Aloe is the name of a genus that includes more than 400 species of succulent plants. The sap of the leaves of the aloe vera plant is used in first-aid treatments and cosmetics. Aloe is generally propagated by cultivating the "pups," or baby plants that the mother plant produces. It can be propagated from seed, however. The aloe will grow very quickly at first and then slowly for years. Whether you choose to cultivate your aloe seeds indoors or out, they will not germinate if the temperature drops below 65 degrees Fahrenheit.
Pour equal parts of perlite and sphagnum peat moss into the containers. You will need one shallow but wide container for each aloe plant.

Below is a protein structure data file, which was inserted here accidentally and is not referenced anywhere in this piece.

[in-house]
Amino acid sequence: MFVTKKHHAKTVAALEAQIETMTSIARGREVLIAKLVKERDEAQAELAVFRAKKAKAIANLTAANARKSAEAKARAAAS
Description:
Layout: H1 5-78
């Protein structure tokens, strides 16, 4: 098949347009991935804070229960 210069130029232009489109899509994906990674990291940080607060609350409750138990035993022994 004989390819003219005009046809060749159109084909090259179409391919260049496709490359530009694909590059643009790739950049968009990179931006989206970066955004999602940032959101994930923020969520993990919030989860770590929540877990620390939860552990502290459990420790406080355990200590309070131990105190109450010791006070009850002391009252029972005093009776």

Spread the seed on the surface of the soil and cover very lightly with sand.
Fill a tub or bowl with enough water to reach halfway up the sides of the planting pots. Place the pots in the water and allow them to remain there until the surface of the soil is wet.
Remove the pots from the water and cover each pot with plastic wrap or place them in plastic bags.
Place the pots in an area where they will receive lots of light, but not direct sun. Your seeds should germinate within three weeks.
Acclimate the seedlings to less humid air by lifting the plastic from them, gradually, over the course of a few days until it is completely removed.
Water the seedlings with a plant misting bottle or the fine mist from your hose. The soil needs to be moist, not soggy.
Fertilize the seedlings when they reach 1/2 inch. Feed them with a half-strength solution of liquid, water-soluble 20-20-20 fertilizer on a weekly basis.